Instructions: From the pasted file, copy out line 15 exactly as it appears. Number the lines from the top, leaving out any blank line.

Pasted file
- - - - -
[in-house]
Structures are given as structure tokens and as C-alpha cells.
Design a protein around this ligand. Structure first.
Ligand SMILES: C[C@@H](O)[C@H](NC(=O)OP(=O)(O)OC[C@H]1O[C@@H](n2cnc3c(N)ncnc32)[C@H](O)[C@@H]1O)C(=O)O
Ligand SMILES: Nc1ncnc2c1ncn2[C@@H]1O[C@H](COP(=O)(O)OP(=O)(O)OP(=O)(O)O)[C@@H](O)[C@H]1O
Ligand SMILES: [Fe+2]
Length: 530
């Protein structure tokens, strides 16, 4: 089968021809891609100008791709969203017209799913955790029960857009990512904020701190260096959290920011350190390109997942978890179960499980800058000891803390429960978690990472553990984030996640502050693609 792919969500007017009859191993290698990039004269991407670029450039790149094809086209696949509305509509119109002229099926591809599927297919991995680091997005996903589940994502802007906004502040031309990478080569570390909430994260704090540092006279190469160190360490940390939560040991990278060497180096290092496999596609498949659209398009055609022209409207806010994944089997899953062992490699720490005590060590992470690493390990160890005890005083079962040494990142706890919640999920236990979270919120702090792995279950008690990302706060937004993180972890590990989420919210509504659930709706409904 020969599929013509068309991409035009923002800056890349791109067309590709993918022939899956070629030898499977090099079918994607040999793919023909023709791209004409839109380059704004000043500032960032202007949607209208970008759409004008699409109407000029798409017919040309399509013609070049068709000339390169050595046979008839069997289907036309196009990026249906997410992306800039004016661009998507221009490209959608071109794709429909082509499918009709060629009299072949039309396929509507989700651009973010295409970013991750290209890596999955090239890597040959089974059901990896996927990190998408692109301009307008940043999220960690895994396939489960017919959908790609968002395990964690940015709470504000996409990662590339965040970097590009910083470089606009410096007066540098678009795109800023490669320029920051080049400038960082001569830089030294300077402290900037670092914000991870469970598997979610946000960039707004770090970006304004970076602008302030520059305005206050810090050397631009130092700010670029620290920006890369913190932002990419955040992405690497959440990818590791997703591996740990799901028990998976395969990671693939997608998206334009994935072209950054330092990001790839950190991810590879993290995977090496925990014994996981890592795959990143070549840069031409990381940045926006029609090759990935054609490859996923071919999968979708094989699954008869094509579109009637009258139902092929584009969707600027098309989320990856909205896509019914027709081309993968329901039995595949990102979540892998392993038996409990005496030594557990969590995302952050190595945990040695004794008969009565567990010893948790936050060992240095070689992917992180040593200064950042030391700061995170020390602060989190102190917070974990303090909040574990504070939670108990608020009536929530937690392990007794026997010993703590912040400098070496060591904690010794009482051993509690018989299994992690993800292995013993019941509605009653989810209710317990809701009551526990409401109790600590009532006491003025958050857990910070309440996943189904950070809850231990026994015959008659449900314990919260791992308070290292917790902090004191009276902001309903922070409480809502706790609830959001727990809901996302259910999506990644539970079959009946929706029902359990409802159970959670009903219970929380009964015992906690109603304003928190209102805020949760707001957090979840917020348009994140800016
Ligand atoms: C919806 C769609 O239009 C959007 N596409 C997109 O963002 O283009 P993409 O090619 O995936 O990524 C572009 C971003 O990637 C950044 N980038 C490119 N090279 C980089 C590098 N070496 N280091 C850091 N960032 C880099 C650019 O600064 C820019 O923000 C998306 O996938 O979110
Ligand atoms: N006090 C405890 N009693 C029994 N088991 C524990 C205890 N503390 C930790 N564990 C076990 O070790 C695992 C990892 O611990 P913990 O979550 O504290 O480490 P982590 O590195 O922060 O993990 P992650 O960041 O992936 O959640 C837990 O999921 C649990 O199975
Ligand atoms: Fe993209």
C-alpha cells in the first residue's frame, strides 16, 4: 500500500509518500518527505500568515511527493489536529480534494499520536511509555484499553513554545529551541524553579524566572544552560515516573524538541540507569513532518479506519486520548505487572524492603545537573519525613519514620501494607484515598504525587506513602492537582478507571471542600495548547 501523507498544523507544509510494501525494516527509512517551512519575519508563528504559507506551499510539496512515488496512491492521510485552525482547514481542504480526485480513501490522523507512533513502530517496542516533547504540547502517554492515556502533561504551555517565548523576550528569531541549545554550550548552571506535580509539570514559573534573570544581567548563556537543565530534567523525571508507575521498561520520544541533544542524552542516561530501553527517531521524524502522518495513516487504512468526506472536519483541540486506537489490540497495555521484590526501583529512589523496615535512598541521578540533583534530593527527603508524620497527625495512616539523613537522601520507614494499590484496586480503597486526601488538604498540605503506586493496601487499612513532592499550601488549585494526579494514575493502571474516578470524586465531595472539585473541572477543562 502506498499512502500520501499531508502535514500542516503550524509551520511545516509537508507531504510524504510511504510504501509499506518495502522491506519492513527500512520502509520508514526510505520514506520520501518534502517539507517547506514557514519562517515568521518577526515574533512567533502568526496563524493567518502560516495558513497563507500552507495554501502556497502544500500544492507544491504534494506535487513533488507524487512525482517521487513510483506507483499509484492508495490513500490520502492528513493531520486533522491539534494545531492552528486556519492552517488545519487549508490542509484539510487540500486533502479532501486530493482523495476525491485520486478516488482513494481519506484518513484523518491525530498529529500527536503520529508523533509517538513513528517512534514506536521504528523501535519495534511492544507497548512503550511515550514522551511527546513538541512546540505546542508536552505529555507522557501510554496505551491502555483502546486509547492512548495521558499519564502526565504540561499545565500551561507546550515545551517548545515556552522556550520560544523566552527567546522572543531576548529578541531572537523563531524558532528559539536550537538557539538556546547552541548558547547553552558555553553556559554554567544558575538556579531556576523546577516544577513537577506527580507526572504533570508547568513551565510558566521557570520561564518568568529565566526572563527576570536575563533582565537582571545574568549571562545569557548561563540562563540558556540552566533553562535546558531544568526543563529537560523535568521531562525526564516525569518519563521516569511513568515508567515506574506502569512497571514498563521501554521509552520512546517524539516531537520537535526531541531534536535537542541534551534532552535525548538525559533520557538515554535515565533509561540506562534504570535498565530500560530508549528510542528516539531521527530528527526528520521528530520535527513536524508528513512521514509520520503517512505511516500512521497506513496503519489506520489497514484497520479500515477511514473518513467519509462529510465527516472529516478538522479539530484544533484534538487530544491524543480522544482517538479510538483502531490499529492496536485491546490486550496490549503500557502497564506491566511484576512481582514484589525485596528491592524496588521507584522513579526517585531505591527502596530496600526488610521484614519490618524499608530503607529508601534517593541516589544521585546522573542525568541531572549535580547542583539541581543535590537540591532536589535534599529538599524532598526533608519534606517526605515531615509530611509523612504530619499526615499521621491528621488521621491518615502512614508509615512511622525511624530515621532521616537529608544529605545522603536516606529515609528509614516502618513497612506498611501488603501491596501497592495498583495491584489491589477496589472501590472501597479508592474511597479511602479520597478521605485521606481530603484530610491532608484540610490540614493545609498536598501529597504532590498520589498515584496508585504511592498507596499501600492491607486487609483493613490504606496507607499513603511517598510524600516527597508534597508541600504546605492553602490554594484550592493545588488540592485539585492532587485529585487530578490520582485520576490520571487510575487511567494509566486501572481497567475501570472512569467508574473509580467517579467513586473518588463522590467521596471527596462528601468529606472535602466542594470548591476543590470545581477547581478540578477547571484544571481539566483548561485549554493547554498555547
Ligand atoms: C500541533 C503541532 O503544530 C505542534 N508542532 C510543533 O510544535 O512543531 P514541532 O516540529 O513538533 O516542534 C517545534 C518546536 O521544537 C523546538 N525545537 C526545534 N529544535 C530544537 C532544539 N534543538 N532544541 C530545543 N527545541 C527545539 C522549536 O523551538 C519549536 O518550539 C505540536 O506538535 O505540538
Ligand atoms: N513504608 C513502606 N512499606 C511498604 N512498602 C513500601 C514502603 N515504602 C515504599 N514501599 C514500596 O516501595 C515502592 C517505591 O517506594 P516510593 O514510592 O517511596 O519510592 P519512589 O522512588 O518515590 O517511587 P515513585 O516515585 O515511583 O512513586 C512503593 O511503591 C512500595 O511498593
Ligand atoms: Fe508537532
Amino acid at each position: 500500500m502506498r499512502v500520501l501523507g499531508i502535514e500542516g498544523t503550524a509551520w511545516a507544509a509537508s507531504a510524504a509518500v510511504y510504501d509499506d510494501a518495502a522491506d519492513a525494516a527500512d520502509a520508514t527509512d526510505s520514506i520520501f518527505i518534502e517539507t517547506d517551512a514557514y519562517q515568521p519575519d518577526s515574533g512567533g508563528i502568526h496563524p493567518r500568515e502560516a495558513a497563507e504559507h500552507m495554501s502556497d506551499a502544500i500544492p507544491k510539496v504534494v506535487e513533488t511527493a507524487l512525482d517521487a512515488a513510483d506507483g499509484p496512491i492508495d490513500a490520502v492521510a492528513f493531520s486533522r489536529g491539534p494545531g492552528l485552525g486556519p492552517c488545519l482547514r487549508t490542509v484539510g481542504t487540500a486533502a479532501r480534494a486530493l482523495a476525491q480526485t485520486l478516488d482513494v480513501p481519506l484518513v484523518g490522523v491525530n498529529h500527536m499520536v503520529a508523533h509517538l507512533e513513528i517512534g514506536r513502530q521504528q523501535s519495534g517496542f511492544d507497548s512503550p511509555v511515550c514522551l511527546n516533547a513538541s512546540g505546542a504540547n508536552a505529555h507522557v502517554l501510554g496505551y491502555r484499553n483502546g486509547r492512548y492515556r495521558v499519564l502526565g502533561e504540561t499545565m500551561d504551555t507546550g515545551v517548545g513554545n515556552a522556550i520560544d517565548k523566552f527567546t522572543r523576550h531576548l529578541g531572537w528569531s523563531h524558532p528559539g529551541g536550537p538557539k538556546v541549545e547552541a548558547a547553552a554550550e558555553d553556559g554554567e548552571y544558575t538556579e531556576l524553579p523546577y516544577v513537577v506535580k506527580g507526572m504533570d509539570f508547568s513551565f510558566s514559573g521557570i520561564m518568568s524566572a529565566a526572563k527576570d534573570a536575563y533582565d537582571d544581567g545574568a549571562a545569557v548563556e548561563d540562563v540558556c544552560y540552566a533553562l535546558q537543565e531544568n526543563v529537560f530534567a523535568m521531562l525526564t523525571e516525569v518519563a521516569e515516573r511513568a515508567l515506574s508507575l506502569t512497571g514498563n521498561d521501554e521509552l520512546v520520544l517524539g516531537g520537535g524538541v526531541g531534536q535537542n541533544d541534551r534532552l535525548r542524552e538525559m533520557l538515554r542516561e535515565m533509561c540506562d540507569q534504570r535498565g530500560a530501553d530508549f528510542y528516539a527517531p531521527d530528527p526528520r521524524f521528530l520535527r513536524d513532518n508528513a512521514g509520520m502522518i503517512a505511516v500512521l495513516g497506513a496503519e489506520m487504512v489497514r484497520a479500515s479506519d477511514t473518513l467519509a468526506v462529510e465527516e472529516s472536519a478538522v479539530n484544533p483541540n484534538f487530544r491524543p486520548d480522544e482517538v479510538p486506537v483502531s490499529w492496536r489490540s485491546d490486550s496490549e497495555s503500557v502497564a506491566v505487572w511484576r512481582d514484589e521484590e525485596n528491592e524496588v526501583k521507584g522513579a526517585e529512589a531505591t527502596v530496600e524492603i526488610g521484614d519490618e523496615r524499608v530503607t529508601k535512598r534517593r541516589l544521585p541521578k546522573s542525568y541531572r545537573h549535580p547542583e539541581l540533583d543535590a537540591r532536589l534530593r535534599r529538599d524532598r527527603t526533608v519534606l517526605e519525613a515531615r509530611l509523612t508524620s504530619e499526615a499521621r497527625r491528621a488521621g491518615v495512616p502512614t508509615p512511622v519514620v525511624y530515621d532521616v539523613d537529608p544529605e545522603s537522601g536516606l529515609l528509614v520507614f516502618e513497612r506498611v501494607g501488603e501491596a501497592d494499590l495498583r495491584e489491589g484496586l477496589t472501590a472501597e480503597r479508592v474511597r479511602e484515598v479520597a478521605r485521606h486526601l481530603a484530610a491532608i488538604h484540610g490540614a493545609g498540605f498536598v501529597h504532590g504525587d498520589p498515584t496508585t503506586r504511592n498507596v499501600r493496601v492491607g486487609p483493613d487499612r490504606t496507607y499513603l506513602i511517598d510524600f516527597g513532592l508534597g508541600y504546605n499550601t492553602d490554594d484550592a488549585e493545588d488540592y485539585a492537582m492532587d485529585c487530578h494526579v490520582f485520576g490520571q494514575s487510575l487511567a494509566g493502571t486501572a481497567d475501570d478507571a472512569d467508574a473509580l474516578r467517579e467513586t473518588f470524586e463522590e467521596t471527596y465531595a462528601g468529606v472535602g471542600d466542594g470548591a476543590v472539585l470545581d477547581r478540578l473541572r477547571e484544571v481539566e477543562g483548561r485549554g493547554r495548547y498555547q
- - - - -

Ligand atoms: Fe508537532